News Release 

'Lean lab' approach enables quick research ramp down

MIT lab offers a model for cost savings, productivity, and safety; principles may also facilitate efficient reopening in the future.

Massachusetts Institute of Technology

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IMAGE: Canan Dagdeviren, an assistant professor at the MIT Media Lab, has implemented lean management principles in her cleanroom lab space, also called "YellowBox. " view more 

Credit: David Sadat

CAMBRIDGE, MA -- When MIT announced in March that most research labs on campus would need to ramp down to help prevent the spread of Covid-19, Canan Dagdeviren's lab was ready.

For the past two years, Dagdeviren and her lab manager, David Sadat, have run the Conformable Decoders Group using "lean lab" management principles, working closely with MIT's Environment, Health and Safety Office (EHS). Every item in their lab has an assigned function and location, and there are strict procedures in place describing how everything is to be used, put away, and replenished. As a result, it took the lab just 15 minutes to close down operations on March 13.

"Given that everyone in our lab is very well-trained with these checklists, everyone took care of their own experiments and the tools that they use. I was then able to spend the rest of the time before the campus shutdown communicating with my students, motivating them and preparing them mentally for this upcoming period of time," says Dagdeviren, an assistant professor in MIT's Media Lab.

The lean lab approach has had other benefits as well, including cost savings, increased productivity, and a strong safety record, says Dagdeviren, who reported these effects in a paper appearing today in the journal Advanced Intelligent Systems. The paper also offers guidance on how other labs might implement this approach.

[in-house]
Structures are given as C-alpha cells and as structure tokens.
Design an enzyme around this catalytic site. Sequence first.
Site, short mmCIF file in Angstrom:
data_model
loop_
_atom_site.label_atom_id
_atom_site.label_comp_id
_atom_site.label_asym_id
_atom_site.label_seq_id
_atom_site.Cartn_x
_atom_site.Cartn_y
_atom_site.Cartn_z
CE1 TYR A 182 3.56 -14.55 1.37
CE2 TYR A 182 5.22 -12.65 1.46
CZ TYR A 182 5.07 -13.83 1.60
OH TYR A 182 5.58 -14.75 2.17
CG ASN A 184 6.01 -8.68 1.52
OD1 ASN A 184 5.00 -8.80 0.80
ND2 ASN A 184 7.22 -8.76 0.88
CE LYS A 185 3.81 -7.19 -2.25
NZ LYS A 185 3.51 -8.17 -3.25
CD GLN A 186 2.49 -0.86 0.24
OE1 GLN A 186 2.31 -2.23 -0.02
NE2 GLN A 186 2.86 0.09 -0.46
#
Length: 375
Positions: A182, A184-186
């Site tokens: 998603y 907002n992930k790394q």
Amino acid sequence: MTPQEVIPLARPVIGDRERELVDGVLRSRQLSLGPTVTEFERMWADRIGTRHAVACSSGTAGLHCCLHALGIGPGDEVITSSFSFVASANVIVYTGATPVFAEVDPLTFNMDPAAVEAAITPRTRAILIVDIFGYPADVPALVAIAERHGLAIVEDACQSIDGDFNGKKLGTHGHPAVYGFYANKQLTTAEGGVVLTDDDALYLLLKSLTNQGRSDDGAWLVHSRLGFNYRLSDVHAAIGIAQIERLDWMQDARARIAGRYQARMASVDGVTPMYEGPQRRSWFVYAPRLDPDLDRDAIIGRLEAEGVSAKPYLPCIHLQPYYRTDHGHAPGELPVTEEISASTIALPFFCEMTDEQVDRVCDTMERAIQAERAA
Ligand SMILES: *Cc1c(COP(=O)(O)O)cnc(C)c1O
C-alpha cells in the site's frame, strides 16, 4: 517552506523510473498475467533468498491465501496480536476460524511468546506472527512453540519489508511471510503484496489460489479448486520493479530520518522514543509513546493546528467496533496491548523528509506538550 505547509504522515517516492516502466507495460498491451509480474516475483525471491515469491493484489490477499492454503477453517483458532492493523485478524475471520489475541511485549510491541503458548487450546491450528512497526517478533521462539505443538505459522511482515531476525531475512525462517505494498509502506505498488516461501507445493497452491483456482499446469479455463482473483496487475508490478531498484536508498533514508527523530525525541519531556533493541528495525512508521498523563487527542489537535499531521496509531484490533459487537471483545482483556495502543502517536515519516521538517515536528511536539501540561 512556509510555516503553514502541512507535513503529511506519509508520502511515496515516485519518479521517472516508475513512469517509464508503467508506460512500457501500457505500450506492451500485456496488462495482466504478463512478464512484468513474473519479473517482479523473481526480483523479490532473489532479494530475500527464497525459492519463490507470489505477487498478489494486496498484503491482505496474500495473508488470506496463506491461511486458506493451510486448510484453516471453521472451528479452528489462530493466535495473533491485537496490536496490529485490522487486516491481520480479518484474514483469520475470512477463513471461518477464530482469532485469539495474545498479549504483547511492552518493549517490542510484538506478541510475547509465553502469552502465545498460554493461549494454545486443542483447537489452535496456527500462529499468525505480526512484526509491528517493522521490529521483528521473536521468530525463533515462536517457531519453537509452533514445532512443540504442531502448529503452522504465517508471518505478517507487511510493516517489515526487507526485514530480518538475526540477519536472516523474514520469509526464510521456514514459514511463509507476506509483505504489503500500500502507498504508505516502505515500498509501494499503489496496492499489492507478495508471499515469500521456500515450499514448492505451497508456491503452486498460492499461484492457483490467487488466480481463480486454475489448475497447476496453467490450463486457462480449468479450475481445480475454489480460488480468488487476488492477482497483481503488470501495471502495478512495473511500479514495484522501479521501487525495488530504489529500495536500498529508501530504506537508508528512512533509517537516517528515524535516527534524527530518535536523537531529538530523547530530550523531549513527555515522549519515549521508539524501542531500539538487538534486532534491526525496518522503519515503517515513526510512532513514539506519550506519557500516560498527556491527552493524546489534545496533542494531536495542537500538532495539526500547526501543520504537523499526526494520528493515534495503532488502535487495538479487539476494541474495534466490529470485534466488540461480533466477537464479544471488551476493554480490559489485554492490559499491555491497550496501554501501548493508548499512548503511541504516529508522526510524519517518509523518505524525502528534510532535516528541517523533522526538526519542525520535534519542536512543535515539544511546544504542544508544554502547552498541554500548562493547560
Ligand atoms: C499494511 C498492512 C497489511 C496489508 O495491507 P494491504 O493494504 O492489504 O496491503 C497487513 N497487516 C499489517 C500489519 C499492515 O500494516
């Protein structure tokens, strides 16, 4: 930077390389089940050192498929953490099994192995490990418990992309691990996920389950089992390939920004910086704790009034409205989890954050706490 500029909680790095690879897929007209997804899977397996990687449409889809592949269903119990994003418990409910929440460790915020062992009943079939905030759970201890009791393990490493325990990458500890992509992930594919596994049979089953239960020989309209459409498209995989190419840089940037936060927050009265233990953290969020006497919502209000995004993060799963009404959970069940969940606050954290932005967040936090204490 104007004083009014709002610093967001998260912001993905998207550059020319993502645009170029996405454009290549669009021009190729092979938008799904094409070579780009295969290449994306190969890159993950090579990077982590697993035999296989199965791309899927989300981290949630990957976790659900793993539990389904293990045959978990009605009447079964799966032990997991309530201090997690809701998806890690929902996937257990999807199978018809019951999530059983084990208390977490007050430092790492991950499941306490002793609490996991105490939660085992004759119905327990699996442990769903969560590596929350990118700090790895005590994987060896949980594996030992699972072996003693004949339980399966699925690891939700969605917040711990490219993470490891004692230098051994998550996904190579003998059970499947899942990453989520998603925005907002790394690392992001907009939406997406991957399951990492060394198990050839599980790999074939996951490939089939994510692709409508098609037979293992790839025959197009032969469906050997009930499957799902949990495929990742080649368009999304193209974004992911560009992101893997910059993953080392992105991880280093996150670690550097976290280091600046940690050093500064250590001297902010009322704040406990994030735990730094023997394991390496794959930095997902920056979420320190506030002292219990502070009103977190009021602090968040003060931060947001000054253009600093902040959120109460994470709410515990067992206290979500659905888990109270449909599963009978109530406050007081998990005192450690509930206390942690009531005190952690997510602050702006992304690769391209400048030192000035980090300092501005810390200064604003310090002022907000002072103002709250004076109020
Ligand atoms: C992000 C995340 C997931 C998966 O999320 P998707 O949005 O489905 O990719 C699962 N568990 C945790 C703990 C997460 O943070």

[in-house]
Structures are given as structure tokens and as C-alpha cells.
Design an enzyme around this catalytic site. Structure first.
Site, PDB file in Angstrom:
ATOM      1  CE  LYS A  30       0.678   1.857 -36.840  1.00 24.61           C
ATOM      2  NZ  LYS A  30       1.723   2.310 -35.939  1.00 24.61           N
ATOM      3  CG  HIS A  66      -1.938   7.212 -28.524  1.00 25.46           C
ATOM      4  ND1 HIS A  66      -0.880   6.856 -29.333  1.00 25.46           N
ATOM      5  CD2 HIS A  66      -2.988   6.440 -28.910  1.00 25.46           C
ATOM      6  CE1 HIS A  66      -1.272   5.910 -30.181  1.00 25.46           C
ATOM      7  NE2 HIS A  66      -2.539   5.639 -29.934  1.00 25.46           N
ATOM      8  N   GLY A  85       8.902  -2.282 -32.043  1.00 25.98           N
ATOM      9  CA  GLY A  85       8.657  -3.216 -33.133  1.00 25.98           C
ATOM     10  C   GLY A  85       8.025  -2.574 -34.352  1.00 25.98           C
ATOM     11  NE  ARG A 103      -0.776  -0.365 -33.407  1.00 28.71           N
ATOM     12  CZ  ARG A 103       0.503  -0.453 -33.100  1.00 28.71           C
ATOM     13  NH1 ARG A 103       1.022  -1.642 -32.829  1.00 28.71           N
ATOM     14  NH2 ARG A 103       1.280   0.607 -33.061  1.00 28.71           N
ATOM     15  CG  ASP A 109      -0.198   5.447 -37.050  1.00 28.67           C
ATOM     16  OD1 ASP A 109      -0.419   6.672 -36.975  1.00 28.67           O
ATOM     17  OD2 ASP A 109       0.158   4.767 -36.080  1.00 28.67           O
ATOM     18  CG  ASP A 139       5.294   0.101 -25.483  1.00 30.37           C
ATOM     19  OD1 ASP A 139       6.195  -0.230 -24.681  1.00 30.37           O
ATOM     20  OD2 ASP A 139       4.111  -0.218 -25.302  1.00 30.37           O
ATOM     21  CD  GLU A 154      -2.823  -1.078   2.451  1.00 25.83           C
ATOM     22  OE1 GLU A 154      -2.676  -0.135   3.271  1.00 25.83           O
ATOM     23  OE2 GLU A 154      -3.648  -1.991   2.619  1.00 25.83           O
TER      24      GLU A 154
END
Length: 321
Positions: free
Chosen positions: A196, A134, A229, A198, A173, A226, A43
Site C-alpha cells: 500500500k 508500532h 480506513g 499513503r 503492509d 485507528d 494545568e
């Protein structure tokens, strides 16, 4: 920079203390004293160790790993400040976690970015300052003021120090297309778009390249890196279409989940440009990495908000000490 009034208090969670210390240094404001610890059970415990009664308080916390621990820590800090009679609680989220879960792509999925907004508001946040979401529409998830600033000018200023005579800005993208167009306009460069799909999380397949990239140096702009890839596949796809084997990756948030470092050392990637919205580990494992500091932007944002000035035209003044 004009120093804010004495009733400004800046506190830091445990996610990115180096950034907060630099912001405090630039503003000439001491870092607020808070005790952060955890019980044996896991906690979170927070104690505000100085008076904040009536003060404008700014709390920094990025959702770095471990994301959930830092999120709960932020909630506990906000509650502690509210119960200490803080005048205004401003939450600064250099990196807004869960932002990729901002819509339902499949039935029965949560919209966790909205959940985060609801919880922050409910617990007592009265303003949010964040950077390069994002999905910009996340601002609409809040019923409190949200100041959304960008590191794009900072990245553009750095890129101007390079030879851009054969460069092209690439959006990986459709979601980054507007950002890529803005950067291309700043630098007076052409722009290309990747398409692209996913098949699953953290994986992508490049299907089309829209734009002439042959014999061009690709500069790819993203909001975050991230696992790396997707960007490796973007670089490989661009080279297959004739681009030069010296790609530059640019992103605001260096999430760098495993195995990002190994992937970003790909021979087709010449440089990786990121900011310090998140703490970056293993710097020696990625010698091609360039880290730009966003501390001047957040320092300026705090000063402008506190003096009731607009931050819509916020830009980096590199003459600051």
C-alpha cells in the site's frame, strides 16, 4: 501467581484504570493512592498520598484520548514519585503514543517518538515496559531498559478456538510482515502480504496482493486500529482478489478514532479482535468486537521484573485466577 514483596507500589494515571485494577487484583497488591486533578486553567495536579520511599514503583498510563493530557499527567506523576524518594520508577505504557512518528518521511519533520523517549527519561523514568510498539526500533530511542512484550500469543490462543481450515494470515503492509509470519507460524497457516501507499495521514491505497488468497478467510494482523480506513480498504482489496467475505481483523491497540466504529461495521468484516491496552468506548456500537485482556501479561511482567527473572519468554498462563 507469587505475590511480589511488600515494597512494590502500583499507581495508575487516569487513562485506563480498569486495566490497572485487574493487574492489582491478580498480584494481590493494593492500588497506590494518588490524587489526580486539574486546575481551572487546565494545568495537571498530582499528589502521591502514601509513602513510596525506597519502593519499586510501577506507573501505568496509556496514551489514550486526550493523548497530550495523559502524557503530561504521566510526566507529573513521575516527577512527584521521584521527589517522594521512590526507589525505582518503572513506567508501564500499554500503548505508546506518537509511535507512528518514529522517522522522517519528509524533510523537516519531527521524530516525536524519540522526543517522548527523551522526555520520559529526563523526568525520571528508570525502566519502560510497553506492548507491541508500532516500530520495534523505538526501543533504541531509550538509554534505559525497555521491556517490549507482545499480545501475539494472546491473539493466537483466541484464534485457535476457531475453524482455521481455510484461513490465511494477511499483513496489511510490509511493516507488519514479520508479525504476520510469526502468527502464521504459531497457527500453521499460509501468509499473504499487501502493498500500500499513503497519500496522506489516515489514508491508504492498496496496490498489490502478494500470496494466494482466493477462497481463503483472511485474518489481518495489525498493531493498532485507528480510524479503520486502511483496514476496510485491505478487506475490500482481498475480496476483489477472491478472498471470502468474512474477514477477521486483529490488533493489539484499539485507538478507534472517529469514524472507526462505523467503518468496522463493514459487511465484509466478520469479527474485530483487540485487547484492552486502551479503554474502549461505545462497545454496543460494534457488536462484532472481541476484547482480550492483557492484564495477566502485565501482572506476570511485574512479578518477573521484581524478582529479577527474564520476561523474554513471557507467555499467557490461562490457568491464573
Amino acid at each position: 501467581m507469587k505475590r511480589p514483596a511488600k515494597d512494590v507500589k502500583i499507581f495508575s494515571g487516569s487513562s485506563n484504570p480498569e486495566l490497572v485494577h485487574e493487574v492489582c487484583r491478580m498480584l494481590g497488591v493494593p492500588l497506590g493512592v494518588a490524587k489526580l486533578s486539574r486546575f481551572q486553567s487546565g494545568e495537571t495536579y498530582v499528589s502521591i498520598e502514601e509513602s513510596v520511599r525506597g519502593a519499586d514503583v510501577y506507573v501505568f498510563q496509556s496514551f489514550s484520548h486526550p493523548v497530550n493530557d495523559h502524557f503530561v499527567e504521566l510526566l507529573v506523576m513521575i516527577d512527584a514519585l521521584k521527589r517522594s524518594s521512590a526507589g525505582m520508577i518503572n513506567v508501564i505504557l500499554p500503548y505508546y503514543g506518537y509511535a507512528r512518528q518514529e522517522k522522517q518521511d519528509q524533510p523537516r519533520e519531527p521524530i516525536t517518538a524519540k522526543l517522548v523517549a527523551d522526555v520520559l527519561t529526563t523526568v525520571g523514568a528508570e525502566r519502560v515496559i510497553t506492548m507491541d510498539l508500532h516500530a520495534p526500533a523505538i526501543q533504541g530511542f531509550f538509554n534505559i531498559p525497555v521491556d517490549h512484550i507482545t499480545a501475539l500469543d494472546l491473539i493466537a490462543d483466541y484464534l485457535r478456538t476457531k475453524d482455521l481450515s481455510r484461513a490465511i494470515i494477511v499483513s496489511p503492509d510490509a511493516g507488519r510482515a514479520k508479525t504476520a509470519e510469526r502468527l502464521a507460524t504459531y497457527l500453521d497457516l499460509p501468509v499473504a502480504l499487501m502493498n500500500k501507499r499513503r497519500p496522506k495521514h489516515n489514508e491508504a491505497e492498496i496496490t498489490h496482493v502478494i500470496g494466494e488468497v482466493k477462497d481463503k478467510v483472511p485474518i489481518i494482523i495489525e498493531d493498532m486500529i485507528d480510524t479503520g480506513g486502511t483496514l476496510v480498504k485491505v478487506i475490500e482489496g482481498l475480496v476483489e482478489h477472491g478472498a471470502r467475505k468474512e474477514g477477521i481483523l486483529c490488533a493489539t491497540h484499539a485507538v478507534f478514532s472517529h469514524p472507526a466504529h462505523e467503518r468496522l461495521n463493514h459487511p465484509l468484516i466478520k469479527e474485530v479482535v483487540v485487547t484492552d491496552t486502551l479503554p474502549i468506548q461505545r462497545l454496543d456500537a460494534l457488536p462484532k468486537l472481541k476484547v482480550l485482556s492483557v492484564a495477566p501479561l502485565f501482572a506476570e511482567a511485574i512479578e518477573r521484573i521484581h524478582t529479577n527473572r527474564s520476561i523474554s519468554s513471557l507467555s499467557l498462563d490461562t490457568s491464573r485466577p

Sadat and Tolga Durak, the managing director of MIT EHS, are also authors of the paper.

Maximizing resources

Dagdeviren joined MIT's Media Lab as an assistant professor in 2017. As a junior faculty member, she had limited funding and space, so she wanted to maximize her use of the resources that she had. Her lab, the Conformable Decoders Group, develops novel materials and devices that can interact with the environment and with living organisms to detect phenomena such as heartbeats, neural activity, and temperature, among many others.

She spent nine months designing and building her 1,000-square-foot cleanroom -- a type of workspace whose environmental conditions are rigorously controlled to avoid contamination of experiments. She hired Sadat as a senior lab manager, and he suggested implementing an organizational strategy known as 5S. Sadat and Dagdeviren subsequently partnered with EHS on the lean lab project.

This method, which originated in Japan, is used in industries such as auto manufacturing but has not been widely applied in academic settings. The system consists of five guiding principles to organize a workspace for efficiency and effectiveness: sort, set in order, shine, standardize, and sustain.

Working closely with Durak, Dagdeviren and Sadat set out to implement this organization approach in their lab, which they call the YellowBox. One major element of the system is the visual organization of everything in the lab, which includes making sure every item has an assigned location. Each item is color-coded according to its function -- raw materials, instruments, hazardous chemicals, etc. -- and its location is outlined in colored tape so it can be easily spotted and later returned to the right spot.